Um, it’s pretty dang nifty, I’d say, to work in a writer’s room with Dave Foley. I ugh, how can? I don’t. What? It’s Dave Foley for crying out loud. My parents hated how obsessed I was with the Kids in the Hall growing up. I was too young to catch their show when it originally aired, but I would watch re-runs on the early days of the Comedy Network repeatedly. I would TAPE sketches on VHS, the ones I liked the most. That feels like so long ago. I had a pen-pal I met on a KITH fan message board. A message board! Do they even still have those? Other than like, craigslist or kijiji!?!? She sent me photos of their show in New York and I to her from their show in Buffalo. She sent me Dave’s autograph. Holy shit, I just remembered that now. I used to quote Brain Candy with my friends. Dina did a great Baxter! I had a poster of The Wrong Guy on my wall when I was in high school for Pete’s sake. Most of you probably haven’t even HEARD of the Wrong Guy!
And now I’m working with him in a writer’s room!!!! Life, you’re being awesome right now!
I wanted to write a bit long insightful post about how amazing our 3-day workshop with Mike McCarthy was last week – but it’s one of those things where, like — I don’t want to give it all away. You know?
If you were there, you know – Seriously helpful stuff.
It was probably on the top 3 of: Most Practical/Important Things Humber’s Offered me as part of the Comedy Program
(I think I reserve a hug from Dave Foley as #1 – but my priorities may be a bit out of whack. Who can tell?)
Last week was no exception. What a treat to find out Tom Green would be taking a break from his stand-up tour to come talk to us Humber comedy geeks! #fun, right?
Breslin, Green & Clark Ltd.
Now let’s be honest, I’m not the #1 hugest Tom Green fan of all time. BUT, as a friend (and former girlfriend) to some pretty huge TG fans, it’s fair to say I’ve been following his career for a long time now, I guess since he had his show on MTV. I feel like one of the few people in the Humber crowd that remembered his marriage to Drew Barrymore and his battle with testicular cancer (two issues that were, to my surprise, NOT brought up in the Q&A!) In fact, I’d even met him before, in his hometown of Ottawa. He was doing a book-signing for Hollywood Causes Cancerat the Chapters on Rideau. I told him he had a nice suit. It was pinstriped. I should probably read that book.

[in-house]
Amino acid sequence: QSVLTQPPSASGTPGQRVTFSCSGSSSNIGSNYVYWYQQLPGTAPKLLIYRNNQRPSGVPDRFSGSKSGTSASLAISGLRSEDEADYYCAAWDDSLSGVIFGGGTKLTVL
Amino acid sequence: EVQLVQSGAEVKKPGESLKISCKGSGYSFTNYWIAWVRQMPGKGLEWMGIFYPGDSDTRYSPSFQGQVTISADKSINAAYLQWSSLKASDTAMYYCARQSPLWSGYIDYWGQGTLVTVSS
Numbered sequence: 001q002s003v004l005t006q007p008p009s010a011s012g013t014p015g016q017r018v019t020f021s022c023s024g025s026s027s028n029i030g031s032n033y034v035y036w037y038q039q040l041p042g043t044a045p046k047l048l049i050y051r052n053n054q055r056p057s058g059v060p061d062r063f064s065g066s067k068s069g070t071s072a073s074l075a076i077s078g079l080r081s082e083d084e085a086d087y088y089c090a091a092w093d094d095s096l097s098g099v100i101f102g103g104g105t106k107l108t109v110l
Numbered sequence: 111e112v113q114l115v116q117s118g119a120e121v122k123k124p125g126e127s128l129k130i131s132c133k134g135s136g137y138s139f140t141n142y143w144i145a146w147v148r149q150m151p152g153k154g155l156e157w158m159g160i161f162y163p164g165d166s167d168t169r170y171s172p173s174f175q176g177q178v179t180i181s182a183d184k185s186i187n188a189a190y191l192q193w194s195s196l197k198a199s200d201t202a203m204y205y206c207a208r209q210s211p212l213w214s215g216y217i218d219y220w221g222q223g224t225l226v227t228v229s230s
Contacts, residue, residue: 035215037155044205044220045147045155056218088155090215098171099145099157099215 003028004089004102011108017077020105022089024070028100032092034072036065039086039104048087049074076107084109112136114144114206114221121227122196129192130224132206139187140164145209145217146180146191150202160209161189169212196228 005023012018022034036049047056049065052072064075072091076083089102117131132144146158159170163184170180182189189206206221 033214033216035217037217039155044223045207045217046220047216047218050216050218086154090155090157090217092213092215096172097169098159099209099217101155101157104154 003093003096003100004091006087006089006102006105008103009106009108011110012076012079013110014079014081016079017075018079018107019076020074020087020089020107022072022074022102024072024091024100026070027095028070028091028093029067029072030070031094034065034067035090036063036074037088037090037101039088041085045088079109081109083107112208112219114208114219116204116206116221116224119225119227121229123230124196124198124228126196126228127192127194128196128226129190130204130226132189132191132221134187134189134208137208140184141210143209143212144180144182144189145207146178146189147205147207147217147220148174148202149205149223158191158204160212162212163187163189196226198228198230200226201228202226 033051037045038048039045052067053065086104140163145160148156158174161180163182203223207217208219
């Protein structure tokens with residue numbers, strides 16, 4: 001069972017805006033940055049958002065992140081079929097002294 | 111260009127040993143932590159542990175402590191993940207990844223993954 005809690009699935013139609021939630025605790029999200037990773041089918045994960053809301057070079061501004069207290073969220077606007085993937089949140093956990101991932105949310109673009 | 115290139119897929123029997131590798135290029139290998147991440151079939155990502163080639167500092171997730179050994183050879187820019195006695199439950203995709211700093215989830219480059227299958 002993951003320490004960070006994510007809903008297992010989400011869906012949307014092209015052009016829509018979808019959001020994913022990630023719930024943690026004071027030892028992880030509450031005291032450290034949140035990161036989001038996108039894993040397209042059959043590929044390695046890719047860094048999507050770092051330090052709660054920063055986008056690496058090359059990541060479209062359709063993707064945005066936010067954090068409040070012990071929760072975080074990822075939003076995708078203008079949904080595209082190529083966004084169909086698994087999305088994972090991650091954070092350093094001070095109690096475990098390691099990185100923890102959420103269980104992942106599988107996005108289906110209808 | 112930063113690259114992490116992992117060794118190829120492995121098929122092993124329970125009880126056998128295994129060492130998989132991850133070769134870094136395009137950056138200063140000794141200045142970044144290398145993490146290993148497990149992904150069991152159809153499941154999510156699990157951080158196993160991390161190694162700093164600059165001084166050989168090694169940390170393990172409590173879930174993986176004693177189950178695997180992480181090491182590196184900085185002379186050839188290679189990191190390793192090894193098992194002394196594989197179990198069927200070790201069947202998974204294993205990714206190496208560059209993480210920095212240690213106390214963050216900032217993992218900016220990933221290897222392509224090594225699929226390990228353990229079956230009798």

ANYWAY. Let’s rewind. Tom Green, Mark Breslin pointed out, is one of the founders of shock humour, reality television (of the non-sociological-research-based-variety) & comedy-rap. He was so influential in Canada that Macleans once had to decide between featuring Tom Green or Jesus as a cover-story! (They went with Jesus, btw.)
He’s like the precursor to Ali G-type stuff in that he started subverting what TV is and going places TV hadn’t gone before. (Humping a dead-moose, WHAT?) Tom Green tapped into the American zeitgeist and started doing stuff that set the precedent for stuff like Jackass and a bunch of other crazy MTV stuff. And for what? Because he’d consciously taken note of the funny that comes from unsuspecting people’s reactions to bizarre situations.
Right? We love that shit! That’s one of the reasons shows like The Office are as funny as they are!
Sidenote: The main reason I’m writing this is so I can use words like subvert and zeitgeist.
Tom Green encountered some pretty significant difficulties seeing eye-to-eye with the higher ups in Hollywood, who didn’t really understand his vision. One of his bits of advice to us was to know where to draw the line between keeping your vision intact and handling the bureaucracy of the industry. (Presuming we ever get that opportunity. Fingers crossed)
Another was to separate yourself from the rest with your hard work.
Green admitted he never wanted to be a big-shot movie star, that he was given creative control of Freddy Got Fingered and that that’s why the movie is how it is. His ambition was to be a Letterman-style talk-show host, and now he interviews celebrities on his Internet TV channel at tomgreen.com.
He’s also returned to his roots, touring the world performing stand-up comedy. (Tom started doing stand-up at 15, performing at Yuk Yuk’s in Ottawa!) I probably should have gone to check out one of his sets, but I was performing one of my own last weekend and I wanted to make sure I was prepared for that.
(It went really well, btw.)
Another great experience with an influential comic, thanks to Humber College. (If this is the kind of stuff my tuition pays for, it’s totally worth it!)
Stay tuned, as one of my future posts will tell you the tale of the exclusive performance of Andy Kindler for us Humber kids at Comedy Bar!